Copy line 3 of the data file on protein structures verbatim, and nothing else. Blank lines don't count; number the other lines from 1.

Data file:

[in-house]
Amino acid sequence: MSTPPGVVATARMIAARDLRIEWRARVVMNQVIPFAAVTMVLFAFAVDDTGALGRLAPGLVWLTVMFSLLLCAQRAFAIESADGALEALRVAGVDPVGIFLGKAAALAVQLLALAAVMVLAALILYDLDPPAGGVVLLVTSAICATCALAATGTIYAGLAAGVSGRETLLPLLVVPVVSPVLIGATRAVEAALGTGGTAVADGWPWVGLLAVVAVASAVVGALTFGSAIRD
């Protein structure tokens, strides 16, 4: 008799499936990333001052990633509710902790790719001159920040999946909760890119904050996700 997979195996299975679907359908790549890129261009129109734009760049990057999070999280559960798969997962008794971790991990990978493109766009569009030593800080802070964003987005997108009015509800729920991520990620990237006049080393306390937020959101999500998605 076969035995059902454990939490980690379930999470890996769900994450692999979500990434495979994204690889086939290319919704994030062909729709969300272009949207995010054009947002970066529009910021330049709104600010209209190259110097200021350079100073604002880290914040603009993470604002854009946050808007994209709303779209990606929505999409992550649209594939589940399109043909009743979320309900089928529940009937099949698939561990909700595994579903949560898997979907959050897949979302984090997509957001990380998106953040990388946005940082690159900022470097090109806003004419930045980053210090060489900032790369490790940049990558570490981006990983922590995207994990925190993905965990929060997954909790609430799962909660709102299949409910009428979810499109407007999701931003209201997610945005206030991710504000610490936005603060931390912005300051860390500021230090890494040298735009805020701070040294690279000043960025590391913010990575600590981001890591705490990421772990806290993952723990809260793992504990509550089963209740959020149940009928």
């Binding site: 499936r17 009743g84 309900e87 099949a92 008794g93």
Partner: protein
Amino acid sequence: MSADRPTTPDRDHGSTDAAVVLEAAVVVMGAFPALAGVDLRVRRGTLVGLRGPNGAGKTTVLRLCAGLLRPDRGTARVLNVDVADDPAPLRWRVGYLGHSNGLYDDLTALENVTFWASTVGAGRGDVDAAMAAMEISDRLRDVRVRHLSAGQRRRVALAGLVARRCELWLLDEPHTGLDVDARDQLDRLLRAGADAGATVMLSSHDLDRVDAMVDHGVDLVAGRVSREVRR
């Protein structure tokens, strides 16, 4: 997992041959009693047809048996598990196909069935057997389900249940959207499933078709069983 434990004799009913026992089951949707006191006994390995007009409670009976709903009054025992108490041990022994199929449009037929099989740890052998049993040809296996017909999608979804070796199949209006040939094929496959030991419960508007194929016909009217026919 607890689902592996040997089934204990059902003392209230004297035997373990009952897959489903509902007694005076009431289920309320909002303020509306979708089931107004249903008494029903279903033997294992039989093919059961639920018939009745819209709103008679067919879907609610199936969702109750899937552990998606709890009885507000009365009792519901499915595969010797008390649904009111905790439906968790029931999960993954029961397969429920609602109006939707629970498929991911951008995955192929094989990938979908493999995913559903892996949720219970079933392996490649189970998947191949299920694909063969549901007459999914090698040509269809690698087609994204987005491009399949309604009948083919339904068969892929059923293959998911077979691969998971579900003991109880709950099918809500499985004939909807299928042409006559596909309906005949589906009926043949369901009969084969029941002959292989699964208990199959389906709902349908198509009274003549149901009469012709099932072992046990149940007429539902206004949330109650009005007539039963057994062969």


């Protein structure tokens, strides 16, 4: 008799499936990333001052990633509710902790790719001159920040999946909760890119904050996700 997979195996299975679907359908790549890129261009129109734009760049990057999070999280559960798969997962008794971790991990990978493109766009569009030593800080802070964003987005997108009015509800729920991520990620990237006049080393306390937020959101999500998605 076969035995059902454990939490980690379930999470890996769900994450692999979500990434495979994204690889086939290319919704994030062909729709969300272009949207995010054009947002970066529009910021330049709104600010209209190259110097200021350079100073604002880290914040603009993470604002854009946050808007994209709303779209990606929505999409992550649209594939589940399109043909009743979320309900089928529940009937099949698939561990909700595994579903949560898997979907959050897949979302984090997509957001990380998106953040990388946005940082690159900022470097090109806003004419930045980053210090060489900032790369490790940049990558570490981006990983922590995207994990925190993905965990929060997954909790609430799962909660709102299949409910009428979810499109407007999701931003209201997610945005206030991710504000610490936005603060931390912005300051860390500021230090890494040298735009805020701070040294690279000043960025590391913010990575600590981001890591705490990421772990806290993952723990809260793992504990509550089963209740959020149940009928």